An analysis of data from more than 90,000 Medicare managed care enrollees who received care for rheumatoid arthritis finds that more than one-third did not receive the recommended treatment with a disease-modifying antirheumatic drug, and that receipt varied by demographic factors, socioeconomic status, geographic location and health plan, according to a study in the February 2 issue of JAMA.
Despite evidence-based guidelines recommending early and aggressive treatment of active rheumatoid arthritis (RA), recent population-based studies of disease-modifying antirheumatic drug (DMARD) receipt in patients with RA report low rates of use, although these data may not be broadly generalizable because of several limitations. In 2005, the Healthcare Effectiveness Data and Information Set (HEDIS) introduced a quality measure to assess the receipt of DMARDs among patients with rheumatoid arthritis, according to background information in the article. HEDIS data from Medicare managed care plans provide a nationally representative sample of the managed care population older than 65 years.
Gabriela Schmajuk, M.D., M.S., of Stanford University, Stanford, Calif., and colleagues examined sociodemographic, community, and health plan factors associated with DMARD receipt among Medicare managed care enrollees. The researchers analyzed HEDIS data for 93,143 patients who were at least 65 years old with at least 2 diagnoses of RA within a year (during 2005-2008). The average age of patients was 74 years; 75 percent were women and 82 percent were white.
Overall performance on the HEDIS measure for RA in the study sample was 63 percent. In 2005, 59 percent of the sample received a DMARD, increasing to 67 percent in 2008. The largest difference in performance on the HEDIS RA measure was based on age: participants 85 years and older had a 30 percentage point lower rate of DMARD receipt compared with patients 65 to 69 years old. Other participant categories less likely to receive a DMARD were men, individuals identified by race as black or other, individuals with low personal income, participants in lower socioeconomic status zip codes, and individuals in the Middle and South Atlantic regions.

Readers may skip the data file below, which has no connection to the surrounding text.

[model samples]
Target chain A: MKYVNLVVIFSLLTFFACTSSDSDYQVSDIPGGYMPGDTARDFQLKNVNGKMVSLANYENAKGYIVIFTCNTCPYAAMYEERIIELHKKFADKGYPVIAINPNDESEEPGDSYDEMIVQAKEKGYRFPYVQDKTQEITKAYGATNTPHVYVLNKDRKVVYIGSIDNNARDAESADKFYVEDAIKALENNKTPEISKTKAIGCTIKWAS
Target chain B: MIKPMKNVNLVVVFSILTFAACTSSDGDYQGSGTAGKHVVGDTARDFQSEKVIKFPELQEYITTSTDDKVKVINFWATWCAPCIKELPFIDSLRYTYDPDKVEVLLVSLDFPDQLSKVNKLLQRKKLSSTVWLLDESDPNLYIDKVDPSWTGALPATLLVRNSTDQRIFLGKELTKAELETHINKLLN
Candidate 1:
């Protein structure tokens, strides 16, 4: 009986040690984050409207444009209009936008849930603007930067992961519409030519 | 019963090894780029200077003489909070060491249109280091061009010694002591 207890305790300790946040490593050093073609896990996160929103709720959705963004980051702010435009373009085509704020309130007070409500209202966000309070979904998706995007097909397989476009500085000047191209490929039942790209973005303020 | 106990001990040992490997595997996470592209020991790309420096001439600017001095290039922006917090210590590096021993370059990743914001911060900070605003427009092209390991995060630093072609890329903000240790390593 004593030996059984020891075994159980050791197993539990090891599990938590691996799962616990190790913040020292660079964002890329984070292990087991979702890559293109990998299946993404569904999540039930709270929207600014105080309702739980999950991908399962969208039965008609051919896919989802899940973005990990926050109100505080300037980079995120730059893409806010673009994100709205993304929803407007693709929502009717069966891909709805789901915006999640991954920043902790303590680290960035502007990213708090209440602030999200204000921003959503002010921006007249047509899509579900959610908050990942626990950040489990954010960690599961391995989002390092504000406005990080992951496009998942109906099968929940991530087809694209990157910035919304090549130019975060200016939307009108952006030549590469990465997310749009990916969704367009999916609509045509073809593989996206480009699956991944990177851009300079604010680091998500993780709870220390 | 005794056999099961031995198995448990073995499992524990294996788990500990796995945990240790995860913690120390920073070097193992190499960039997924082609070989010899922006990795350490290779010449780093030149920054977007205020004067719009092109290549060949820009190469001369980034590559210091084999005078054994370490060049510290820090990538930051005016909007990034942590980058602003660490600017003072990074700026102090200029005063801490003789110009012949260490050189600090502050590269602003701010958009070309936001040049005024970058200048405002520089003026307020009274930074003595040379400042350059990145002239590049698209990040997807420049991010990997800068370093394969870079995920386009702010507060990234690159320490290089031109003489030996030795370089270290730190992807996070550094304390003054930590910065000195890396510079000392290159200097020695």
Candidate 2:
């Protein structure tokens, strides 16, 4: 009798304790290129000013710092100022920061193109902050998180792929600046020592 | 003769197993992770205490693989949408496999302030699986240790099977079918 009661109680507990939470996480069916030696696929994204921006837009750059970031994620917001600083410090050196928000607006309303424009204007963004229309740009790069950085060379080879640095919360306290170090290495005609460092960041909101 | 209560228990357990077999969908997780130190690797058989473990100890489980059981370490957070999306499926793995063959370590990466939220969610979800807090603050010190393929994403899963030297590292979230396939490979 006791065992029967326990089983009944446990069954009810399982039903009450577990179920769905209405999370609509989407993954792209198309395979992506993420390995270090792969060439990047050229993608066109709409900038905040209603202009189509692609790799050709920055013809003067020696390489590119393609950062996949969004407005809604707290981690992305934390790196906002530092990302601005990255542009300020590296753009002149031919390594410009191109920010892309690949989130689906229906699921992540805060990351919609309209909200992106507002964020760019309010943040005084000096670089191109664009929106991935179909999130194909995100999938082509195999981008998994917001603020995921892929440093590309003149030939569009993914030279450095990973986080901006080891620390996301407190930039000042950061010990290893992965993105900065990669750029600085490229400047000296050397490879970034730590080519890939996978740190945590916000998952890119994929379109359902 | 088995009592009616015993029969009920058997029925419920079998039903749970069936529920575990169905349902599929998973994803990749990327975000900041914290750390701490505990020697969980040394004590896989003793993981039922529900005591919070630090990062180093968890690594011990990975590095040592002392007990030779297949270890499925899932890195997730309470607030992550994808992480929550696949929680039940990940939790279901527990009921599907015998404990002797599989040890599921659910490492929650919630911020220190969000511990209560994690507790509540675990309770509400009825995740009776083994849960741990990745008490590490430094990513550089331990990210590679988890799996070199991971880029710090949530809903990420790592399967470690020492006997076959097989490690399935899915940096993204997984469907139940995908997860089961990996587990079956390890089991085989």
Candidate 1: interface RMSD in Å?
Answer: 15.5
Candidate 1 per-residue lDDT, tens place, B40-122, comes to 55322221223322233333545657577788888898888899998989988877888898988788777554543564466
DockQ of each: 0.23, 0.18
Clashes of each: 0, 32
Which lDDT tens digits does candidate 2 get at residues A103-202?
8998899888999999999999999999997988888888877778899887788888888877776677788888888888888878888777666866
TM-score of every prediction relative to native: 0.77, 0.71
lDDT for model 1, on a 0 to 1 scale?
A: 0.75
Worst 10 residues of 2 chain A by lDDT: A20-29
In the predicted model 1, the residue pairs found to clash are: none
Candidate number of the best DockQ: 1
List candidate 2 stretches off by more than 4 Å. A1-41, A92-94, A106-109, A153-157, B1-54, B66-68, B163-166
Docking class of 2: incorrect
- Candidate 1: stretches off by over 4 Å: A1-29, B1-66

“Patients living in a health professional shortage area had slightly lower performance (-3 percentage points). In addition, patients enrolled in a for-profit health plan had a 4 percentage point lower rate of DMARD receipt compared with patients enrolled in a not-for-profit health plan,” the authors write. Performance varied widely by health plan, with rates ranging from 16 percent to 87 percent.
The researchers write that although RA was once an inevitably deforming and disabling condition, the development of new DMARDs and support for their early use has dramatically improved clinical outcomes for many patients. “This study suggests that 1 mechanism for the sociodemographic disparities in RA outcomes in the United States may relate to differences in DMARD receipt.”
“Given the enormous individual and societal costs associated with RA, and increasing substantial evidence that DMARDs can reduce these costs, variations in DMARD receipt based on demographics, socioeconomic status, and geography are unacceptable. Because optimizing DMARD use is the primary mechanism for decreasing the significant public health impact of RA in the United States, targeting educational and quality improvement interventions to patients who are underusing DMARDs and their clinicians will be important to eliminate these disparities. Additional studies of population-wide cohorts that include clinical data and disease activity measures are needed to validate our findings.”